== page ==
Biggest Mistakes Starting a T-Shirt Business
Biggest Mistakes Starting a T-Shirt Business
Guest: DTG Guru, Heath Schumacher
What we’re going to talk about today is the custom t-shirt business and custom apparel, and the biggest mistakes in starting a business, specifically with Direct to Garment Printing. A while back we did a Podcast on Mistakes in the Embroidery Business, and we want to expand on that and talk about DTG.
To help us out we chatted with Heath Schumacher, a DTG technician, salesperson, and business owner.
First, we want to talk about the basic mistakes you make in any business. This will especially help those who are starting a brand new custom apparel business.
Going from idea to selling, with nothing in between
There’s no preparation for starting the business. They decide they want to start a business, and just buy a machine. They haven’t thought about whether they want to be a corporation or sole proprietor. Or how they’re going to handle bills and accounting. They don’t have a bank account.
A lot of it is just educating yourself on the basics of what do you need to start a business in your state (specifically). These are things that are worth some time and money to get someone to consult with you on. There are even some states that won’t let you run a DTG printing business from your home, and you need a special license to do so, and this is something you need to know before you start.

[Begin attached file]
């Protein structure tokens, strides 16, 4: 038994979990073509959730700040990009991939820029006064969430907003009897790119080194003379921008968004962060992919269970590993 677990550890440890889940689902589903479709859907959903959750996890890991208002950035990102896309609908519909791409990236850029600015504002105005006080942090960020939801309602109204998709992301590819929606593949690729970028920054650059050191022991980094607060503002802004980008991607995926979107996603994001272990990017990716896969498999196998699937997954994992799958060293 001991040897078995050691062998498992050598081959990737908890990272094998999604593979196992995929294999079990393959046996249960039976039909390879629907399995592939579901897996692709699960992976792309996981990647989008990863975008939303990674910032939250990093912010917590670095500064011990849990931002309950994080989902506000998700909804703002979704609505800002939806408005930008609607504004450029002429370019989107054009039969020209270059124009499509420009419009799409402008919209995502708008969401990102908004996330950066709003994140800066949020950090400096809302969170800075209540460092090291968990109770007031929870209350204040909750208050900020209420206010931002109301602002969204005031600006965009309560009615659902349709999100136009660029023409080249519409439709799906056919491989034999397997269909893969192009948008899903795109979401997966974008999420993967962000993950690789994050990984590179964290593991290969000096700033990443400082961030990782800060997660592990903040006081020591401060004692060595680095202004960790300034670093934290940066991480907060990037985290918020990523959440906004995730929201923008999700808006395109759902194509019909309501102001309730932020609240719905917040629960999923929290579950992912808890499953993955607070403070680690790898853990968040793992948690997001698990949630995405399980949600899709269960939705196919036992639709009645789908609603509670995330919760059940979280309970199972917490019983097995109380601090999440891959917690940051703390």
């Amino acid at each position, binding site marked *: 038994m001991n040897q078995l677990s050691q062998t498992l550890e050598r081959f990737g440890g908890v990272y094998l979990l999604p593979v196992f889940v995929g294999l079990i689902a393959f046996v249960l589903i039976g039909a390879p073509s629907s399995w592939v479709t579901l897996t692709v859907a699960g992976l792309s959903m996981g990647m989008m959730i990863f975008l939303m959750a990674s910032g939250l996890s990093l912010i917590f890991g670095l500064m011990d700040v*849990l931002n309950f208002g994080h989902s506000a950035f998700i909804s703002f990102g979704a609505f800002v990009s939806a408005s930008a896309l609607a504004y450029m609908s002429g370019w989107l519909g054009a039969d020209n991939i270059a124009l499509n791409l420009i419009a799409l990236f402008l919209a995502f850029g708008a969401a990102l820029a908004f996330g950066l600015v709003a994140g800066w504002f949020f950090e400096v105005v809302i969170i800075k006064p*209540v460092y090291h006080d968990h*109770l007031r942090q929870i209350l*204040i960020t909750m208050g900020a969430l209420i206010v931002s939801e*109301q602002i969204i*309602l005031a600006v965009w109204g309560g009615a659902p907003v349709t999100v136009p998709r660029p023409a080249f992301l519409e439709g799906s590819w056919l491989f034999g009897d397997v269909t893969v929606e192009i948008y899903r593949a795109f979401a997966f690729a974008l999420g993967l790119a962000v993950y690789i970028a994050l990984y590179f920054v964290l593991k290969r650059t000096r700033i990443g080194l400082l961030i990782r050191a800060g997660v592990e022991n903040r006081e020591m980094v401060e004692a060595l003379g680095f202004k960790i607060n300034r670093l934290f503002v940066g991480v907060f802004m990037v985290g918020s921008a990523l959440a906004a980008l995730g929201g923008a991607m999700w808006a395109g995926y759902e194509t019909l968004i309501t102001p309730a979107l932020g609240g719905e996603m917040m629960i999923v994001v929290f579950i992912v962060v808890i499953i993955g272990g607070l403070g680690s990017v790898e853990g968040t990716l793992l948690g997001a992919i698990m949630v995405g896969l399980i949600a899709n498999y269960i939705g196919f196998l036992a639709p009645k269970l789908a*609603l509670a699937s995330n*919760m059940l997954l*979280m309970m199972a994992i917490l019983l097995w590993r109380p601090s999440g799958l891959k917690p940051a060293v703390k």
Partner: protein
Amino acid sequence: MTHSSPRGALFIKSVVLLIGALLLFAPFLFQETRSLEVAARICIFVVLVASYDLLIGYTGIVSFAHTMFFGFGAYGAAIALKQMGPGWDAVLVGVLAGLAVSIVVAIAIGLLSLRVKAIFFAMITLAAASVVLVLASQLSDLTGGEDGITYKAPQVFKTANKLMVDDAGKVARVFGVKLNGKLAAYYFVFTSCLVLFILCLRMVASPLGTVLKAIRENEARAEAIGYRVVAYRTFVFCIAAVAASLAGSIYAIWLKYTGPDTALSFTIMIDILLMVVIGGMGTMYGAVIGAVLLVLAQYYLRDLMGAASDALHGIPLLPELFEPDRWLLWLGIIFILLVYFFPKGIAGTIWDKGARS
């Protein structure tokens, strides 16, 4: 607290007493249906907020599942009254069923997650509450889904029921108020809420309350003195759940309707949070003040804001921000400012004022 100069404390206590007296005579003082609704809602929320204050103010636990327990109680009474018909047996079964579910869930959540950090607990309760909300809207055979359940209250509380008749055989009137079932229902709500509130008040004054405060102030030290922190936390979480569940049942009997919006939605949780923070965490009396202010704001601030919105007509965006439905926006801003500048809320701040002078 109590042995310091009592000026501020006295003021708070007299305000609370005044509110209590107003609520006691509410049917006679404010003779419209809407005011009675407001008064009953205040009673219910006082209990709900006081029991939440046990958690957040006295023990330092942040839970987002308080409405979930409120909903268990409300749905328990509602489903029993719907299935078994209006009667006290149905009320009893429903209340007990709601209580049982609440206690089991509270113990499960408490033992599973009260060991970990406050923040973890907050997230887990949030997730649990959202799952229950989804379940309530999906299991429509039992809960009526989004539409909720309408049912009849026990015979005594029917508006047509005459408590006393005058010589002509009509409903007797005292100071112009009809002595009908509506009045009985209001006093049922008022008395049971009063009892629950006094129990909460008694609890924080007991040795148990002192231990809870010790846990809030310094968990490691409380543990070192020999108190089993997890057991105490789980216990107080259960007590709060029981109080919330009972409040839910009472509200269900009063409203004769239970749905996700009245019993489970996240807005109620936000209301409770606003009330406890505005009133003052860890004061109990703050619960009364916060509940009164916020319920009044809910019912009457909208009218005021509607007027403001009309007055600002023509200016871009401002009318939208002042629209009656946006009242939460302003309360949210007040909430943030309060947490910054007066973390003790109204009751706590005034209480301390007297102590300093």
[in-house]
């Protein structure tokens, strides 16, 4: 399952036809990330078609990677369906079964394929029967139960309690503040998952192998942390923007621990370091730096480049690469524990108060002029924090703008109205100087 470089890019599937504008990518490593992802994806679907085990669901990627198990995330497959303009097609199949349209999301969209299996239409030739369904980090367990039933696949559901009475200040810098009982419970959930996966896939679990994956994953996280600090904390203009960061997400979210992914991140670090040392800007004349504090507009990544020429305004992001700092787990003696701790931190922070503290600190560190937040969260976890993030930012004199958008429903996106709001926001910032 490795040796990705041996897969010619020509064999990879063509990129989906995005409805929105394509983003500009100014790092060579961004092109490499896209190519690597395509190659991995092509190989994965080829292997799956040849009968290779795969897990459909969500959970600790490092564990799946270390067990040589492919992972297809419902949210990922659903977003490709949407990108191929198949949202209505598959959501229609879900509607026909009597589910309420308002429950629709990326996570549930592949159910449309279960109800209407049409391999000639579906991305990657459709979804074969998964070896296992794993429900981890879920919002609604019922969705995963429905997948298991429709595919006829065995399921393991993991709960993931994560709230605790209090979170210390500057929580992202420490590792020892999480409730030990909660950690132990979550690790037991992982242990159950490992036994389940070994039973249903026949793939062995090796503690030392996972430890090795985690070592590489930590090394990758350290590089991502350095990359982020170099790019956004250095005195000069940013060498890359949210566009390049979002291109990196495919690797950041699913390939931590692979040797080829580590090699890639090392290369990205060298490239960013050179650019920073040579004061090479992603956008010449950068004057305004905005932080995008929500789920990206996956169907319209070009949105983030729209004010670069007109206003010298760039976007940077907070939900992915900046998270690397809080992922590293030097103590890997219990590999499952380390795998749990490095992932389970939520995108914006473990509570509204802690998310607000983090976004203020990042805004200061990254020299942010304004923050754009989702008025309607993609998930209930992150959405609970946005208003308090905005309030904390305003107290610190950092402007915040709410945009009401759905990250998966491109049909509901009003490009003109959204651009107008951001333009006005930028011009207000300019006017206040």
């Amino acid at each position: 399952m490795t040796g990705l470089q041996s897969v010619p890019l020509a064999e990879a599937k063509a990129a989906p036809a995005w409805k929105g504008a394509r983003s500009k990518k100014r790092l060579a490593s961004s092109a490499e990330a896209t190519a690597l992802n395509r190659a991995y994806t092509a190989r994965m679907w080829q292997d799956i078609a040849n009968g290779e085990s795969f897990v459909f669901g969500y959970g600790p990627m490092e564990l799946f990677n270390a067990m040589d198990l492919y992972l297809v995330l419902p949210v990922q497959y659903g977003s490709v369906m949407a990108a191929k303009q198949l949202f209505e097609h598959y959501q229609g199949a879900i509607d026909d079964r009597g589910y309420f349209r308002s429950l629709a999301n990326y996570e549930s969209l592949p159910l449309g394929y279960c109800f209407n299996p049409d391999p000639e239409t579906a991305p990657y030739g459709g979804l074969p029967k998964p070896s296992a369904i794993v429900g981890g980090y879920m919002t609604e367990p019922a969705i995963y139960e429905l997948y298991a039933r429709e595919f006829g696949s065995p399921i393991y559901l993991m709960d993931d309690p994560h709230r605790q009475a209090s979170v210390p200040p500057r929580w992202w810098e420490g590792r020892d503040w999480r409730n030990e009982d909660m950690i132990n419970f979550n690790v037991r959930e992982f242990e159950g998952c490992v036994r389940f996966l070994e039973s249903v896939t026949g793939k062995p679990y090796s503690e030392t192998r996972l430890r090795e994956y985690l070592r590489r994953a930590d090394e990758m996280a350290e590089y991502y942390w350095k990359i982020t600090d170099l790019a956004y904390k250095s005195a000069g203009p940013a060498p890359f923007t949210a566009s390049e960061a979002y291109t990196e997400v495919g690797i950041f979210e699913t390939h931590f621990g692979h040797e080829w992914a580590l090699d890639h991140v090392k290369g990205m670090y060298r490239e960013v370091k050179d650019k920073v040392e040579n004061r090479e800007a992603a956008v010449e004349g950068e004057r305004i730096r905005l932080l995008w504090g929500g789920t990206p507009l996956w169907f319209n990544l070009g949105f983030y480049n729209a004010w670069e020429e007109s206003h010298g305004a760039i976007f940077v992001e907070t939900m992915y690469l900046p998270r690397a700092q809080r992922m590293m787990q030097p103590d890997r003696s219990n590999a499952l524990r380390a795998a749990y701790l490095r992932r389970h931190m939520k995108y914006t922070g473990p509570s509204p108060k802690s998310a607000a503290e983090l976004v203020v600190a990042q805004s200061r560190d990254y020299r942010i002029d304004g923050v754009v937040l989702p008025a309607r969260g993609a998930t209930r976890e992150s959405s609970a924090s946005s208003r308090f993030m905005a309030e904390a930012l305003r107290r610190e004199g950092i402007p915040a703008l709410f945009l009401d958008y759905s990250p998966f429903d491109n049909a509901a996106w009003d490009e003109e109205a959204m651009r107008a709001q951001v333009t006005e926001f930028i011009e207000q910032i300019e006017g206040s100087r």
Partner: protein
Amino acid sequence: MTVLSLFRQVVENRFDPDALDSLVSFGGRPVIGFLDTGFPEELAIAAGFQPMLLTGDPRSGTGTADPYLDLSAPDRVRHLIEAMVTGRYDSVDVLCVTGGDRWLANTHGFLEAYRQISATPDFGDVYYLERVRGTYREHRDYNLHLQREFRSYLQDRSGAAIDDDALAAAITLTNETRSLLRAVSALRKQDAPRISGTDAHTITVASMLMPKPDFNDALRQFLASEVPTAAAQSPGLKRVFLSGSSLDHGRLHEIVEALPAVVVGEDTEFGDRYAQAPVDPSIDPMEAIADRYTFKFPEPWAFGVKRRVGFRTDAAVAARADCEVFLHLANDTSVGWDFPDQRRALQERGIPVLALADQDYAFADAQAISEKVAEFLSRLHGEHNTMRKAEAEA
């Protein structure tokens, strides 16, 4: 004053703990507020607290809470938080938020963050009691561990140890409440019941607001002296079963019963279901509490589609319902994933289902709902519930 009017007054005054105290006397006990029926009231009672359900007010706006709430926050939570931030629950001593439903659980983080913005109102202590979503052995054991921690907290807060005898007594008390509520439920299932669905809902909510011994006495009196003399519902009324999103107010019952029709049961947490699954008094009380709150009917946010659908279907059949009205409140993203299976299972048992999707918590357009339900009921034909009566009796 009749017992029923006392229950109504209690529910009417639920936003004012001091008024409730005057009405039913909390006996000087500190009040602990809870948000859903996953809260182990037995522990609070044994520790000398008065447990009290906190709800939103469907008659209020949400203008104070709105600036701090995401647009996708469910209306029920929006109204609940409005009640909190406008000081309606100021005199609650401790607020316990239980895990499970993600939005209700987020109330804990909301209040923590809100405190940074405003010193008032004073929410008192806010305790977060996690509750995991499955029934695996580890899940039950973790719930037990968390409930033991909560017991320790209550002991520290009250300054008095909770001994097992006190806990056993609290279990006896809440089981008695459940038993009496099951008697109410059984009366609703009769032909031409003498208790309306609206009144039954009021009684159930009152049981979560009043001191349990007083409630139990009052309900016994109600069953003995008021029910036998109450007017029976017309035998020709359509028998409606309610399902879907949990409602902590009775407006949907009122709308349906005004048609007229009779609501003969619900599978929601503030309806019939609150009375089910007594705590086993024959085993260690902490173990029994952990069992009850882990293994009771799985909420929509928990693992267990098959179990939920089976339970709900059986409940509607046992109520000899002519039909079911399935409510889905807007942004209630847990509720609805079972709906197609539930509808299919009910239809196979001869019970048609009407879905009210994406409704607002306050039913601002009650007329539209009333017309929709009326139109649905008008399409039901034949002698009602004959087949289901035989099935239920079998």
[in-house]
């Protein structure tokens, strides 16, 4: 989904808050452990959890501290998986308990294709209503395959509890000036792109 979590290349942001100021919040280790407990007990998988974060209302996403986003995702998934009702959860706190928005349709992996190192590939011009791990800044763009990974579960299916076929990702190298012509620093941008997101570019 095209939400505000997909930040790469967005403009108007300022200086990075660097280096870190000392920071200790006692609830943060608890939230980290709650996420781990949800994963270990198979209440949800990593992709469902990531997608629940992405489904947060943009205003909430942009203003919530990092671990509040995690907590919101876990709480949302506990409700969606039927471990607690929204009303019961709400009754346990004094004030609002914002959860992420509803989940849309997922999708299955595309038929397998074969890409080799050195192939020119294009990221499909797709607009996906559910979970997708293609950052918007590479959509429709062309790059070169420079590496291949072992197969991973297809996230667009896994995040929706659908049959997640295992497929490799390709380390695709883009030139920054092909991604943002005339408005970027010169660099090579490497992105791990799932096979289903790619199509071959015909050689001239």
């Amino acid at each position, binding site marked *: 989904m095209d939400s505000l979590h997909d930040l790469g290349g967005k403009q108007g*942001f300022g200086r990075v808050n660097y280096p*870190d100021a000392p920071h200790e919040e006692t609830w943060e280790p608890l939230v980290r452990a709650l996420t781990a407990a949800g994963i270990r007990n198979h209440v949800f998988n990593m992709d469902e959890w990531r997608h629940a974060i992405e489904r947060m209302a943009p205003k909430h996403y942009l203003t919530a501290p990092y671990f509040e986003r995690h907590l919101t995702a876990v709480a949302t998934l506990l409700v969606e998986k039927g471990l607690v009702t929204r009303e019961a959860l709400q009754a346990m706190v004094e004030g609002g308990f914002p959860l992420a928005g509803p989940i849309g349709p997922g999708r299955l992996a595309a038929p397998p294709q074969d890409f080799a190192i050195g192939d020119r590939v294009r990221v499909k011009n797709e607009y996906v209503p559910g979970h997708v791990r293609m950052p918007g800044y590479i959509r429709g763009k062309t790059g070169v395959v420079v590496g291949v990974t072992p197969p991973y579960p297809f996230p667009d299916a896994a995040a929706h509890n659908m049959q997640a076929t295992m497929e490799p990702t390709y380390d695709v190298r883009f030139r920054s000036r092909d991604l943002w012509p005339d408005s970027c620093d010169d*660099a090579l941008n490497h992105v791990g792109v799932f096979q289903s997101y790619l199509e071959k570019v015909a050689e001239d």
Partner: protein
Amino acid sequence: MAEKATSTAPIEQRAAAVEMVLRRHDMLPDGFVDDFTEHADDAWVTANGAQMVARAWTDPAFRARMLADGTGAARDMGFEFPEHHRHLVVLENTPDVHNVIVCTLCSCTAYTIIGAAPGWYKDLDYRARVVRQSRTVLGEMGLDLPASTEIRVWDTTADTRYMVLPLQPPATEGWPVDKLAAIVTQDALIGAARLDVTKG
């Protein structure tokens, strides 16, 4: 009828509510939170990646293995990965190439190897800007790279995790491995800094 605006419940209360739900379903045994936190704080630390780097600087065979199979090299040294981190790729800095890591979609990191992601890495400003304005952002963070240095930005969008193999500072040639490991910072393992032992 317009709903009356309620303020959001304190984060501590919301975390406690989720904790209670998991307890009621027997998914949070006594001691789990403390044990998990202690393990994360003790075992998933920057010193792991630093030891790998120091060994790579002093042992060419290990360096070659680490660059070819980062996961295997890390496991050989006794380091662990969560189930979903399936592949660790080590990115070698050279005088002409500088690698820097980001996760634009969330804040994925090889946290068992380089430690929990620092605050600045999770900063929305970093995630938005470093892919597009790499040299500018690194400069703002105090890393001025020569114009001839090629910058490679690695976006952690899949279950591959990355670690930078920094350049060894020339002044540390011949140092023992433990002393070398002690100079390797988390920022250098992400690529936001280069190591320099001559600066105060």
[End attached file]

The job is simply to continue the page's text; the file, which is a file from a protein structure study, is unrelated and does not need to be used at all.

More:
Thinking you can wear every hat
This is thinking you can do all the production, artwork, sales, marketing, administration, billing, etc. yourself. There are only so many hours in a given day that you can get things done. So you need to be able to delegate things to people below you as your business grows, and this will be a huge benefit to keep the company running and be profitable at the same time.
We’ve seen people buy a DTG printer but not understand how to create art. The machine doesn’t create the images for you.
We have a blog post that talks about the E-Myth, and in it, we discuss creating a list, and description for all the jobs in your business. What is someone in charge of administration going to do? What is someone in sales going to do? Etc. Even if at the beginning of your business, you’re doing all those roles, when you do decide to hire someone you know exactly what they’re going to be responsible for.
And understand that these don’t have to be full-time employees. Perhaps you work with a freelance artist to create your designs or have a CPA do your bookkeeping once a month, or hire someone to build your website.
Do you have the money to do that?
One of the biggest things that can kill a business is cash flow. From things as simple as ordering business cards, to the bigger supplies. But it’s also knowing that if you get a reasonable sized order, you’re going to have the ink, cleaning supplies, and be able to get the t-shirts without putting yourself into a position where you’re constantly juggling money.
While custom apparel businesses can and are very profitable for some people, they don’t’ always start that way. So if you quit your job to start a DGT business, you still need to think about how you’re going to pay your bills for the next month. You can’t expect that your business will. Do you have enough money in the bank so you can get started?